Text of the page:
By DANIEL GALLEN
Capital News Service
COLLEGE PARK — While football helmet companies strive to make safer helmets in the wake of new information about concussion risks, some in the high school athletics community worry those efforts may exacerbate the problem.
“We have all this technology and everyone’s trying to create a better helmet, a better helmet,” said DeMatha Catholic High School Athletic Director Ed King. “The problem is, as you create a better helmet, now the athletes feel that they can actually hit harder with their head. So now you have the same problem over again.”
And others worry that newer helmets that some say may reduce head injuries are priced out of reach.
“I wouldn’t say cost decides it, but cost is a factor, especially when it’s not up to me,” said Montgomery Blair football coach Andrew Fields. “I don’t have a trigger on the credit card, so you’re dealing with our bureaucracy where we’d love to have the most state-of-the-art helmets on every kid. But sometimes you have to pick and choose your battles, and that’s one of them.”
A study released in October by the Institute of Medicine and the National Research Council found that high school football players suffered 11.2 concussions every 10,000 games and practices, a rate that was almost double that of college players. The study noted there is limited evidence “from epidemiological and biomechanical studies that current helmet designs reduce the risk of sports-related concussions.” There is evidence, though, that helmets reduce the risk of other injuries, such as skull fracture, “and thus the use of properly fitted helmets should be promoted,” it said.
Some other studies — including one published in the Journal of Neurosurgery in January — found that some helmets may reduce the risk of concussions. The study found that players wearing helmets such as the Riddell VSR4 and Revolution were more likely to have fewer concussions. The study states that, “Although helmet design may never prevent all concussions from occurring in football, evidence illustrates that it can reduce the incidence of this injury.”
High school teams invest in high-tech helmets that they believe to be safer as their budgets allow. Fields said his team wears Riddell Revolution IQ helmets, which earned four out of five stars in a May 2013 Virginia Tech Helmet Ratings Study. According to the study, the Revolution IQ retails for $222.99.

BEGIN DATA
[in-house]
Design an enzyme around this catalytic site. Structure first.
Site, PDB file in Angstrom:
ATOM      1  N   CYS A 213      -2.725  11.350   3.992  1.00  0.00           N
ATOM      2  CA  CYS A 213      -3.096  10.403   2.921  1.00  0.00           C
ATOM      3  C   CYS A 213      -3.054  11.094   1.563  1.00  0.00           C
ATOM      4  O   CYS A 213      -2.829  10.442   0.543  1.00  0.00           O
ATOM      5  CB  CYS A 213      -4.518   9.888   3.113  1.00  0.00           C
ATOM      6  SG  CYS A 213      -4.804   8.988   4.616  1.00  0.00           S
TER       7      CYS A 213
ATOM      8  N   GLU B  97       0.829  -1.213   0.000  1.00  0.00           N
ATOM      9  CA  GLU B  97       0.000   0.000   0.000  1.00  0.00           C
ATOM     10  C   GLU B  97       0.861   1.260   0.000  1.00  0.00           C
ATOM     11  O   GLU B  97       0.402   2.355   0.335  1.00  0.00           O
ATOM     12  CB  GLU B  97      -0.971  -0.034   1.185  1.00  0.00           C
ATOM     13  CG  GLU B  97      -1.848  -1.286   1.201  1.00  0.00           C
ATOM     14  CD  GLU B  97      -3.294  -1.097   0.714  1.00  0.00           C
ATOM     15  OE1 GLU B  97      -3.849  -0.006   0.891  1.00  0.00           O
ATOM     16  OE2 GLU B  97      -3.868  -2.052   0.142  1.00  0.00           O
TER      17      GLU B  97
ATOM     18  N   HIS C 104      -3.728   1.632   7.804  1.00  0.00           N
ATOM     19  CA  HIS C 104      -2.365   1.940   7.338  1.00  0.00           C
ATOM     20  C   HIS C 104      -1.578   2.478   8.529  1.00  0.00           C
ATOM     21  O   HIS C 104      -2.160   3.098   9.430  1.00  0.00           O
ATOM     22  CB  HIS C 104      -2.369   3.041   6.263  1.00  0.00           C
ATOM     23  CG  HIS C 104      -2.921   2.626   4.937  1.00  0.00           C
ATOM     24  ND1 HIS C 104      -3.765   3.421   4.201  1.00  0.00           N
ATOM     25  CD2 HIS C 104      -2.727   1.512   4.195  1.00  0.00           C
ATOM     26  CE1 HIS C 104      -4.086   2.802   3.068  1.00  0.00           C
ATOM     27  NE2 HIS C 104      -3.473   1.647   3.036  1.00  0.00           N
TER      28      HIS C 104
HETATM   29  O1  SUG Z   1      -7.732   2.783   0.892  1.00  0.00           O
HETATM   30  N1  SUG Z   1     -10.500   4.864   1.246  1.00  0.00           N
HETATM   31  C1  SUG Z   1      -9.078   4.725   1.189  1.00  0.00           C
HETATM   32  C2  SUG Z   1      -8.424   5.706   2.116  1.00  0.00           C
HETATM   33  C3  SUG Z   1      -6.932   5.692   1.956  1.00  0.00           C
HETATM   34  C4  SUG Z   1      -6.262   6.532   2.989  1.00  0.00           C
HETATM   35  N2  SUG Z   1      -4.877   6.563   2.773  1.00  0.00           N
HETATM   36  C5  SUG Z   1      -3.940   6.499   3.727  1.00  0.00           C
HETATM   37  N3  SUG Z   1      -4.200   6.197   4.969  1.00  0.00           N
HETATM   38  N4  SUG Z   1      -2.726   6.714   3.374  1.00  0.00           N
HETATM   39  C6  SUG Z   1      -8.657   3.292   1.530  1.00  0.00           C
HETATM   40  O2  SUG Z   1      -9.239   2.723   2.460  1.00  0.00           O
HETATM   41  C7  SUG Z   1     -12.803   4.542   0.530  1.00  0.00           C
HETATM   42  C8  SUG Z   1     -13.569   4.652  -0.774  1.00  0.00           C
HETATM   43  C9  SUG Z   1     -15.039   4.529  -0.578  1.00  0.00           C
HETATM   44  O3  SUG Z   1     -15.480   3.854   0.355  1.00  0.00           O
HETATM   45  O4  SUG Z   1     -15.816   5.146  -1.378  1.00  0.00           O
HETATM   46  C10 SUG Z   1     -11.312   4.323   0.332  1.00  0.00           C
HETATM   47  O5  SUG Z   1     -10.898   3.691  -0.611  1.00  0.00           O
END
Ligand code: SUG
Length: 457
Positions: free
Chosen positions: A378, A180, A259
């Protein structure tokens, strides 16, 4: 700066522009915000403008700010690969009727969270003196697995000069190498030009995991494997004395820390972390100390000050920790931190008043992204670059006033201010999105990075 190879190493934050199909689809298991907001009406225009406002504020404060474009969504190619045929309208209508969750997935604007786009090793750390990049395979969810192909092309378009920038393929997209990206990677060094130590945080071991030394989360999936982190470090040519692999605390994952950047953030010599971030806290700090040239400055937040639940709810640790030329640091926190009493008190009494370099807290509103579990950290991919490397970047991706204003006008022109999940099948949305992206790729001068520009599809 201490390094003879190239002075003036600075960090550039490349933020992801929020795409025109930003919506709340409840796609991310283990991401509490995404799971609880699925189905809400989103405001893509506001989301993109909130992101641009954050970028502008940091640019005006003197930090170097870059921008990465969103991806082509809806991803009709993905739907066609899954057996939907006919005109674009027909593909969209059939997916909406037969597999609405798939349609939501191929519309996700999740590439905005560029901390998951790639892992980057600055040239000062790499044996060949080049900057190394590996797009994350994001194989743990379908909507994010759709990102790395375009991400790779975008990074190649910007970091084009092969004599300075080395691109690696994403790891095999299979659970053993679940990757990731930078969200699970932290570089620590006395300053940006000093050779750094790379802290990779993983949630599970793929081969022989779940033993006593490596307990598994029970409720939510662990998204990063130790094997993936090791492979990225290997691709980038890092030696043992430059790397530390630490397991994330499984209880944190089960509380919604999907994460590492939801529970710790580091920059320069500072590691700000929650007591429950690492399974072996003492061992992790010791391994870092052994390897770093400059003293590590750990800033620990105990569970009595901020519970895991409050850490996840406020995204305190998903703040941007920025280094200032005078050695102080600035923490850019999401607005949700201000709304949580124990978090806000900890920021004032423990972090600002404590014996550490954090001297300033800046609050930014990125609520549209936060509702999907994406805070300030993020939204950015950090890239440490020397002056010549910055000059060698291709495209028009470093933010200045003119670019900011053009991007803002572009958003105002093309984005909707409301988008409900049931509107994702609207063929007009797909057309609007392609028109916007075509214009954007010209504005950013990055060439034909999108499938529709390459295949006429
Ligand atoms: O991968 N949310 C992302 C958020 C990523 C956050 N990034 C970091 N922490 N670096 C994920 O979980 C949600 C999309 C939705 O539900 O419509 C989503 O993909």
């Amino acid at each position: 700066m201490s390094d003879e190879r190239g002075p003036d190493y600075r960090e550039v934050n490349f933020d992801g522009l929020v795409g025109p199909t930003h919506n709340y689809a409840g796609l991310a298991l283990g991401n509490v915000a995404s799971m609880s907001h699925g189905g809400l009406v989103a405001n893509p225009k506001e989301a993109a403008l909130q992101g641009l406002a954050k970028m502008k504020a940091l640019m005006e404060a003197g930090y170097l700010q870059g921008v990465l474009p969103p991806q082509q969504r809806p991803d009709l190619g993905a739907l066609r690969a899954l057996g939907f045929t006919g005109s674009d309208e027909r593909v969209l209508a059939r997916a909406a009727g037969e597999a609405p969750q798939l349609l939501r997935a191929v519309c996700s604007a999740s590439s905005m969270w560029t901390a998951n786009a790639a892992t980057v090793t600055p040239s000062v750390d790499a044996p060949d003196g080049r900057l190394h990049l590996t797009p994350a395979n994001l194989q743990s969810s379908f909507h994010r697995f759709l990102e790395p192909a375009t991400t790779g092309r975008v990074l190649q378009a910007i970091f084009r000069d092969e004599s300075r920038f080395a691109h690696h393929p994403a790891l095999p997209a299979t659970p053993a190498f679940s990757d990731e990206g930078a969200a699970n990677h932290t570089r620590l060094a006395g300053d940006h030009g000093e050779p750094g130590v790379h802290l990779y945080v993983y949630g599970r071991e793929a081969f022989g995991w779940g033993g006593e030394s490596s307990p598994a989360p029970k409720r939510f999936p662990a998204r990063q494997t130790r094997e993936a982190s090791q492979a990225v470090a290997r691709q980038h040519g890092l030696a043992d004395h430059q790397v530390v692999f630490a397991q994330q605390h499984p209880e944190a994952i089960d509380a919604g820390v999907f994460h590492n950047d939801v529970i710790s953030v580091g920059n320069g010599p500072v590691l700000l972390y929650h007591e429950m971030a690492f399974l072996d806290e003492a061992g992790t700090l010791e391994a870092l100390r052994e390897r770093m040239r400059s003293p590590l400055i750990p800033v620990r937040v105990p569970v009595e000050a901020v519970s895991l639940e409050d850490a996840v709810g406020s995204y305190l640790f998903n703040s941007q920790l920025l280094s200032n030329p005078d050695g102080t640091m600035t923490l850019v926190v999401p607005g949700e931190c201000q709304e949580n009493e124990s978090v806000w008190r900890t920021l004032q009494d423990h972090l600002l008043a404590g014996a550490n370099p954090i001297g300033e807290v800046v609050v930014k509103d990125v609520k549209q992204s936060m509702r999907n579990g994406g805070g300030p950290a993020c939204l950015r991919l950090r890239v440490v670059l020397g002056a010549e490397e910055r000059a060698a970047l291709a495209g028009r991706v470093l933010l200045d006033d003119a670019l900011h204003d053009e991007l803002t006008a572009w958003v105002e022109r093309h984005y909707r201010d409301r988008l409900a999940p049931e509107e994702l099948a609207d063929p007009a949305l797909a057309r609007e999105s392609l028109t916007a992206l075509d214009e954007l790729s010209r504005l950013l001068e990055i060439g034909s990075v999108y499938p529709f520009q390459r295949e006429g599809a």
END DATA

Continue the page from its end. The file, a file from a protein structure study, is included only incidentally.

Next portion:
The top-rated helmet in the Virginia Tech study, the Riddell 360, received five stars and retails for $374.95. The least expensive of the four helmets to rate five stars, the Xenith X2, retails for $235.00.
“Some of those helmets they claim can reduce concussions are one and a half to two times more [money] than a typical helmet that was out two or three years ago, so those things all factor in, but cost usually trumps it all,” Fields said. “We try, but it’s hard to spend $20,000 on helmets when you have a perfectly good one in storage.”
King said his players wear Schutt or Riddell brand helmets based on their own preference; Middletown Athletic Director Mike DeSimone said the 2A state champion Knights wear helmets made by Schutt. Riddell had five helmets tested in the Virginia Tech study, and four of them received four or five stars for their safety rating. Schutt had six helmets tested — two received four stars, three received three stars and one received two stars.
But no matter the helmet, many officials say there’s much more to be done when it comes to player safety, and much of that comes back to the schools and how the teams organize practices.
Each of the five athletic directors and coaches interviewed for this story said their school has reduced the time its team spends practicing each week.
“It is not simply buying fancier, more expensive helmets that are certainly out there in the market,” McDonogh Athletic Director Mickey Deegan wrote in an email. “Most helmets cost $200 or more (Schutt, Riddell, etc.). What cuts down on concussions is safer practice sessions where players are not ‘hitting’ each other and officials being willing to penalize cheap shots to the player’s head.”
Going hand in hand with all of the new information on concussions and their impacts has been a greater awareness for coaches. While they might spend most of their free time leading up to practices game-planning, coaches know they have extra responsibilities when they’re on the practice field. They have to be watching for the signs and symptoms of concussions, too.
Each county and school has its own concussion protocols, and those protocols could lead to a player missing anywhere from one week to three or more weeks based on the severity of the concussion.
“We’re a little more tolerant when a kid tells you they have a headache or are feeling dizzy,” Fields said. “Certainly more tolerant and aware of what the possibilities are. And certainly the way your practices and drills are run, you want to be as cautious as possible.”
So even as more effort is put into helmet technology, there needs to be caution — and less reliance on the helmet saving the athlete from head injuries, some coaches say.
And King said perhaps helmet construction needs to go in a different direction.
“Here’s one for you: What would happen if you took the facemask off that helmet?” he asked. “See, then people may not want to lead with their head anymore. They may think twice.”